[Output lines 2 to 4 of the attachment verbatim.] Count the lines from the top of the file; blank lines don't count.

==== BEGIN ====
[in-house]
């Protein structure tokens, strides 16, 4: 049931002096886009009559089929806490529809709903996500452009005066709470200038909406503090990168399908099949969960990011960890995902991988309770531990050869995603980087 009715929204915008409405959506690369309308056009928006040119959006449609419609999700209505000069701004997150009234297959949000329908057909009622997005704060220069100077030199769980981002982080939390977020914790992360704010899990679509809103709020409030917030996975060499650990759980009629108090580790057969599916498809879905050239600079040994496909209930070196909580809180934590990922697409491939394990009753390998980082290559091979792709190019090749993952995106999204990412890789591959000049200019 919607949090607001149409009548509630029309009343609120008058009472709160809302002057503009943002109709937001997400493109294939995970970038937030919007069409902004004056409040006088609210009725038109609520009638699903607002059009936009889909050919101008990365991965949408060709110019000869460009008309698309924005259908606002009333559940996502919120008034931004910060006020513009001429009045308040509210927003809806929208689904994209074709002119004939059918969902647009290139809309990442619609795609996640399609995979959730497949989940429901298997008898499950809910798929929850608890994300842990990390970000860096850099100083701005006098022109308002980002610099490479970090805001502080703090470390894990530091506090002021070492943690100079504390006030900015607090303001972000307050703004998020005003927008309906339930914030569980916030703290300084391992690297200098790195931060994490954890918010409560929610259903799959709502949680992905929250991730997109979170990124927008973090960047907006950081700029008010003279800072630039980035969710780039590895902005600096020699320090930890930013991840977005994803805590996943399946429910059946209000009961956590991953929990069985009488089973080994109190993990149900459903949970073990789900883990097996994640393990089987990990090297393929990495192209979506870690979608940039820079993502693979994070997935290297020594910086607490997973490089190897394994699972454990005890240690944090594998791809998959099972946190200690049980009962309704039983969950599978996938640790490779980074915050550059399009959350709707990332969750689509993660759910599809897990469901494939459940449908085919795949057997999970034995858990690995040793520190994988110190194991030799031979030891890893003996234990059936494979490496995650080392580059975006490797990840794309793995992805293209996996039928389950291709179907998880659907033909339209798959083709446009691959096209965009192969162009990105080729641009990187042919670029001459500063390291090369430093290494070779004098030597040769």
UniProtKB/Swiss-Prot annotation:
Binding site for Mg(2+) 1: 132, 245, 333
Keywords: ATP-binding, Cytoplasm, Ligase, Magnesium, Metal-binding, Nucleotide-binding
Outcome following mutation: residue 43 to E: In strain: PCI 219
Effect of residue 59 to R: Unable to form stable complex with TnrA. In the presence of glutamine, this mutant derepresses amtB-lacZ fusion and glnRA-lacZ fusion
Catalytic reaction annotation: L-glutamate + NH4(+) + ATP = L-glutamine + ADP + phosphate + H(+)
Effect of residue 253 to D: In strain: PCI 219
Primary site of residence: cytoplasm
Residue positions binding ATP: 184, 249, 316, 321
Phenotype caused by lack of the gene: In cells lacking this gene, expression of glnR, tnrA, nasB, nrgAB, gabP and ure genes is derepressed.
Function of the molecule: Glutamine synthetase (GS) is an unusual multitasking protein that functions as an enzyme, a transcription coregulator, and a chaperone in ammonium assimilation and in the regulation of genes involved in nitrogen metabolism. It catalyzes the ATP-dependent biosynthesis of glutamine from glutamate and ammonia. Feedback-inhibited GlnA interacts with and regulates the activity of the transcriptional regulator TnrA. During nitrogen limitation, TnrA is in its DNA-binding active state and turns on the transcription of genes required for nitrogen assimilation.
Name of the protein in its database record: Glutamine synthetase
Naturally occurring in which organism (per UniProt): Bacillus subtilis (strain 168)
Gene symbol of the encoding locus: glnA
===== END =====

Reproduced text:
């Protein structure tokens, strides 16, 4: 049931002096886009009559089929806490529809709903996500452009005066709470200038909406503090990168399908099949969960990011960890995902991988309770531990050869995603980087 009715929204915008409405959506690369309308056009928006040119959006449609419609999700209505000069701004997150009234297959949000329908057909009622997005704060220069100077030199769980981002982080939390977020914790992360704010899990679509809103709020409030917030996975060499650990759980009629108090580790057969599916498809879905050239600079040994496909209930070196909580809180934590990922697409491939394990009753390998980082290559091979792709190019090749993952995106999204990412890789591959000049200019 919607949090607001149409009548509630029309009343609120008058009472709160809302002057503009943002109709937001997400493109294939995970970038937030919007069409902004004056409040006088609210009725038109609520009638699903607002059009936009889909050919101008990365991965949408060709110019000869460009008309698309924005259908606002009333559940996502919120008034931004910060006020513009001429009045308040509210927003809806929208689904994209074709002119004939059918969902647009290139809309990442619609795609996640399609995979959730497949989940429901298997008898499950809910798929929850608890994300842990990390970000860096850099100083701005006098022109308002980002610099490479970090805001502080703090470390894990530091506090002021070492943690100079504390006030900015607090303001972000307050703004998020005003927008309906339930914030569980916030703290300084391992690297200098790195931060994490954890918010409560929610259903799959709502949680992905929250991730997109979170990124927008973090960047907006950081700029008010003279800072630039980035969710780039590895902005600096020699320090930890930013991840977005994803805590996943399946429910059946209000009961956590991953929990069985009488089973080994109190993990149900459903949970073990789900883990097996994640393990089987990990090297393929990495192209979506870690979608940039820079993502693979994070997935290297020594910086607490997973490089190897394994699972454990005890240690944090594998791809998959099972946190200690049980009962309704039983969950599978996938640790490779980074915050550059399009959350709707990332969750689509993660759910599809897990469901494939459940449908085919795949057997999970034995858990690995040793520190994988110190194991030799031979030891890893003996234990059936494979490496995650080392580059975006490797990840794309793995992805293209996996039928389950291709179907998880659907033909339209798959083709446009691959096209965009192969162009990105080729641009990187042919670029001459500063390291090369430093290494070779004098030597040769």
UniProtKB/Swiss-Prot annotation:
Binding site for Mg(2+) 1: 132, 245, 333